Hillary Diane Rodham was born on Oct. 26, 1947, in Chicago. She graduated from Wellesley (Mass.) College in 1969 and from Yale Law School, where she met her future husband, in 1973. It was at this time that she parted with her Republican upbringing for liberal Democratic politics. She followed Clinton to Arkansas, where he embarked upon a political career and where she taught and practiced law. They were married on Oct. 11, 1975.

Robert Rauch

▪ 1994

      During the 1992 presidential campaign, Hillary Rodham Clinton commented that she could have stayed at home, baked cookies, and had teas rather than pursue her own legal career, a statement for which she took a lot of heat. In 1993, as leader of the Task Force on National Health Care Reform, the nation's first professional first lady proved that she preferred to take the heat on Capitol Hill rather than in the kitchen.

      Hillary Diane Rodham was born in Chicago on Oct. 26, 1947, and reared in a staunch Republican household. An early influence on her life was her church youth minister, who encouraged his students to socialize with people from other racial backgrounds and once took a group to hear (and meet) civil rights activist Martin Luther King, Jr.

      Hillary graduated from high school in 1965 in the top 5% of her class and was voted most likely to succeed. She entered Wellesley (Mass.) College, majoring in political science and serving as head of the local chapter of the Young Republicans. Her political proclivities took a sharp turn in the late 1960s, when the assassinations of Malcolm X, King, and Sen. Robert Kennedy, coupled with the violence she witnessed outside the 1968 Democratic national convention, harkened her back to the teachings of her youth minister and converted her to the Democratic Party. She worked to have more black students admitted to Wellesley, wrote her senior thesis on poverty and community development, and enrolled at Yale Law School, where she met Bill Clinton (q.v.). In 1975 they were married, although she opted to retain her maiden name.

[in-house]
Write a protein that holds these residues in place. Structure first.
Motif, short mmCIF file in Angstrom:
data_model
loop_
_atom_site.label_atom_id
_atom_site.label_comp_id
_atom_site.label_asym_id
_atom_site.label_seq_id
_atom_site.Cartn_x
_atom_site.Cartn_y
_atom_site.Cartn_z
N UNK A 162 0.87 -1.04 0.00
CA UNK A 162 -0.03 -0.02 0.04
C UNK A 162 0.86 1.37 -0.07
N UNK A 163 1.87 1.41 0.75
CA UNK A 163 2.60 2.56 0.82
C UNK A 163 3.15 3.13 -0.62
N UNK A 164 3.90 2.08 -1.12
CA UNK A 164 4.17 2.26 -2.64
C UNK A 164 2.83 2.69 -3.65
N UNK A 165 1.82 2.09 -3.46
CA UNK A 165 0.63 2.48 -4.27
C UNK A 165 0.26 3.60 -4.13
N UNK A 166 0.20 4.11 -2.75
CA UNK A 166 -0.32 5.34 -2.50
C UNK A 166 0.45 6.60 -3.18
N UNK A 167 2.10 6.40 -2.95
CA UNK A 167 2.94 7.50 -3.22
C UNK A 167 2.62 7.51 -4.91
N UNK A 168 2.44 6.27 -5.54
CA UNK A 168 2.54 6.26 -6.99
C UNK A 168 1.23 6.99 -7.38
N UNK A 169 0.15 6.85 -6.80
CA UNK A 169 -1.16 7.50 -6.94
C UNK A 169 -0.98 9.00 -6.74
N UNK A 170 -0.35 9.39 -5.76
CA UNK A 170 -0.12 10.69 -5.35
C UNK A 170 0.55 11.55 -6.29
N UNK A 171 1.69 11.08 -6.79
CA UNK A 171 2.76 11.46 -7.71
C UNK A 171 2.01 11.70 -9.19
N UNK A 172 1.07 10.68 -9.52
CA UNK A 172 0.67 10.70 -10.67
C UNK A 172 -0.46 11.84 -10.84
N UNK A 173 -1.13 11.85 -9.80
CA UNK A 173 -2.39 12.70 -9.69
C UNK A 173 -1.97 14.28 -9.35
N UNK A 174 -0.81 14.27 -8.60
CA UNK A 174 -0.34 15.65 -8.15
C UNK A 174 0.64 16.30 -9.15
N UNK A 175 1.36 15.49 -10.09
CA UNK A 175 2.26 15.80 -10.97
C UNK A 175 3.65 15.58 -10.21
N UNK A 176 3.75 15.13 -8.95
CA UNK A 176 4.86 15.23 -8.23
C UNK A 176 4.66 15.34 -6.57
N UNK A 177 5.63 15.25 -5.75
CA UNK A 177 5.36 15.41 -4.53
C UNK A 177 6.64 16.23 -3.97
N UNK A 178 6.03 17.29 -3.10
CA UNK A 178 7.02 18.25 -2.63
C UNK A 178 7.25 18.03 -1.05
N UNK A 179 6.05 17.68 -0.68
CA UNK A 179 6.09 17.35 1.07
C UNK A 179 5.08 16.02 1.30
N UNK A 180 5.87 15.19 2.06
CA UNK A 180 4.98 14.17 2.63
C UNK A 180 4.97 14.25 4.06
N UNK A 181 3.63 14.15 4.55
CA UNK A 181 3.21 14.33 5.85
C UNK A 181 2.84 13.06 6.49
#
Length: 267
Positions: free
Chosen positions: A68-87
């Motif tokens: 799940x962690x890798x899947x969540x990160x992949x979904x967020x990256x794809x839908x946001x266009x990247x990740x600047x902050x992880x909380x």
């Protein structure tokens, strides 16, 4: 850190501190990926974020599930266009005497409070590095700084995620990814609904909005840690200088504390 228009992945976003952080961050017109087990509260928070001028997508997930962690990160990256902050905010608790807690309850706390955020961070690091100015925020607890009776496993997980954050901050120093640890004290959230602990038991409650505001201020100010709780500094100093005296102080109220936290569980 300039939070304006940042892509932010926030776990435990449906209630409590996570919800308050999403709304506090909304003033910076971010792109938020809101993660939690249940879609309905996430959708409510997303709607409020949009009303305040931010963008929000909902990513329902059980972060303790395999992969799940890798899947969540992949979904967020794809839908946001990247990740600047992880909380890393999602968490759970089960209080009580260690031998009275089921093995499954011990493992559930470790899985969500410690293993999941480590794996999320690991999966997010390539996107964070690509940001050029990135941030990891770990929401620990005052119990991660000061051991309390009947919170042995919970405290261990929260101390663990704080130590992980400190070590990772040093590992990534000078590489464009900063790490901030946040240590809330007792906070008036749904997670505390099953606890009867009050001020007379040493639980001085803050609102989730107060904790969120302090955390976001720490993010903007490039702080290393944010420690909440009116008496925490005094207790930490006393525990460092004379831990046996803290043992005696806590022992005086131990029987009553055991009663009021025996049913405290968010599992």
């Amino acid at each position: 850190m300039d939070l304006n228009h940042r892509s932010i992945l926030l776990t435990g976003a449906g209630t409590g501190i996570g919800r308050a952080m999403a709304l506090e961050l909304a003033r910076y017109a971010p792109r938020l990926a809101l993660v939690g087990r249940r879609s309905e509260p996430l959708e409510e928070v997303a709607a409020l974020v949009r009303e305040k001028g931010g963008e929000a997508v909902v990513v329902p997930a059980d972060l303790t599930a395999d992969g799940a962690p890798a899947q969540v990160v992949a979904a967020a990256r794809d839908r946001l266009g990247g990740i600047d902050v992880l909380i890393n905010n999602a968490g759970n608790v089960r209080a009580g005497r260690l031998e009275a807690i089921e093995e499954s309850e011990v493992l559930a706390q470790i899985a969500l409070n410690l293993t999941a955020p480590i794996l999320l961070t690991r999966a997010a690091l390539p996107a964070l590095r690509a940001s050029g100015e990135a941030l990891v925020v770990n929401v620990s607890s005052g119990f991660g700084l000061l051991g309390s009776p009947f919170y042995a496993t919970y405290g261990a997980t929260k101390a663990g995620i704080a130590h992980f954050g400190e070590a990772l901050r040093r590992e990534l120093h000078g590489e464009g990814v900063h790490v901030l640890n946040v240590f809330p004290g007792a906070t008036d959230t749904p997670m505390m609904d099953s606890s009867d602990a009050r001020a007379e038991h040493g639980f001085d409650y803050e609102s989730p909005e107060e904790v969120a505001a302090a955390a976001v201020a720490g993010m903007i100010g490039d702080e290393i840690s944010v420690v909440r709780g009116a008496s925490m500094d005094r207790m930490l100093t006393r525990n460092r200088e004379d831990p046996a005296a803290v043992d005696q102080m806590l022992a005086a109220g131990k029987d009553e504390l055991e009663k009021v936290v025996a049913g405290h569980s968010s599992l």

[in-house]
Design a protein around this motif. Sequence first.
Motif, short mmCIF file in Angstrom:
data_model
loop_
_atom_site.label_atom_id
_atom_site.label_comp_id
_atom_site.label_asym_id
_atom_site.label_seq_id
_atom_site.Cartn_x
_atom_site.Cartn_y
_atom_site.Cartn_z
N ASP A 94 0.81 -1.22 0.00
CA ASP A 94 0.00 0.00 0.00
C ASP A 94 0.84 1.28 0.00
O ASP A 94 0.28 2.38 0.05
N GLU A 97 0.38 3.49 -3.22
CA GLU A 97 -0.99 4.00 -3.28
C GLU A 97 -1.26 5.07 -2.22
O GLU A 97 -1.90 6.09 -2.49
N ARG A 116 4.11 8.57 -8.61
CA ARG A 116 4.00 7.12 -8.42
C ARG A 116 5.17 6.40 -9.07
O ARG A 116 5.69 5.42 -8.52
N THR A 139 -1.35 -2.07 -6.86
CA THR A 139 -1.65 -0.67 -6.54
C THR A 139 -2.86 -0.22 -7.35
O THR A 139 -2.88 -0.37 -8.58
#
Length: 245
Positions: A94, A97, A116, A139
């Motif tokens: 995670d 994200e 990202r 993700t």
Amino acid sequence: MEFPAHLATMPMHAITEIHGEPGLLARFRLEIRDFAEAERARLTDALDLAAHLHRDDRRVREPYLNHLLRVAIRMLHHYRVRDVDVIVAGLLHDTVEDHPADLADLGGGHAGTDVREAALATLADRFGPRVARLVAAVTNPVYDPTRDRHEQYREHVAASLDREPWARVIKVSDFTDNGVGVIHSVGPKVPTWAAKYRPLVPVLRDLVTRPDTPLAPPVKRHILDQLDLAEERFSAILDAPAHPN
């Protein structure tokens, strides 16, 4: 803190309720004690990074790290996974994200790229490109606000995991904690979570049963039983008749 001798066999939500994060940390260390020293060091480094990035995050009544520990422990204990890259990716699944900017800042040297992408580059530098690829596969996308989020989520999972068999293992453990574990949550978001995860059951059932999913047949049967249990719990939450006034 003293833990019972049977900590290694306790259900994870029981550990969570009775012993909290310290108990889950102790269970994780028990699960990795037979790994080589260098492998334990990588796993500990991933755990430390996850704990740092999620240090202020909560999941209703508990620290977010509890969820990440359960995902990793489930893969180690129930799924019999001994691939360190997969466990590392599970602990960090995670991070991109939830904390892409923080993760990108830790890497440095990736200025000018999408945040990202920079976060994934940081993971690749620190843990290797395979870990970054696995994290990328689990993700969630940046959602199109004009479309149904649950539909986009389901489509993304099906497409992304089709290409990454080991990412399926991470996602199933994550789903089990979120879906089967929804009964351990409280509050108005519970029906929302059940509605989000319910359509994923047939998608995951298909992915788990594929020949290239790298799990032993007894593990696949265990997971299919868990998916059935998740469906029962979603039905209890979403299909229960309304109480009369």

The couple moved to Little Rock, Ark., in 1976 when Bill was elected state attorney general. In 1978 Hillary aided Bill's campaign for governor while working at Rose Law Firm, where she was made a partner in 1980. During her husband's first term as governor, she served as head of the Rural Health Advisory Committee, which dealt with the problem of providing health care to isolated areas. After Bill lost his reelection bid, Hillary underwent an image makeover: losing weight, changing her hair and clothing style, and deciding to use her husband's last name. Bill was returned to office in 1982 and subsequently served four more terms, during which Hillary led the drive for statewide school reforms and was twice named one of the nation's top 100 lawyers.

      As first lady, Hillary drew both praise and criticism for her image as independent, outspoken, and supportive. Despite a grueling presidential campaign, ongoing allegations of her husband's infidelity when he was governor, and the death of her father in April 1993, she completed an exhausting series of meetings and hearings. In September the president unveiled to the nation the fruits of his wife's labours—a proposal for the first national health-care program in the U.S.


* * *

▪ United States senator, first lady, and secretary of state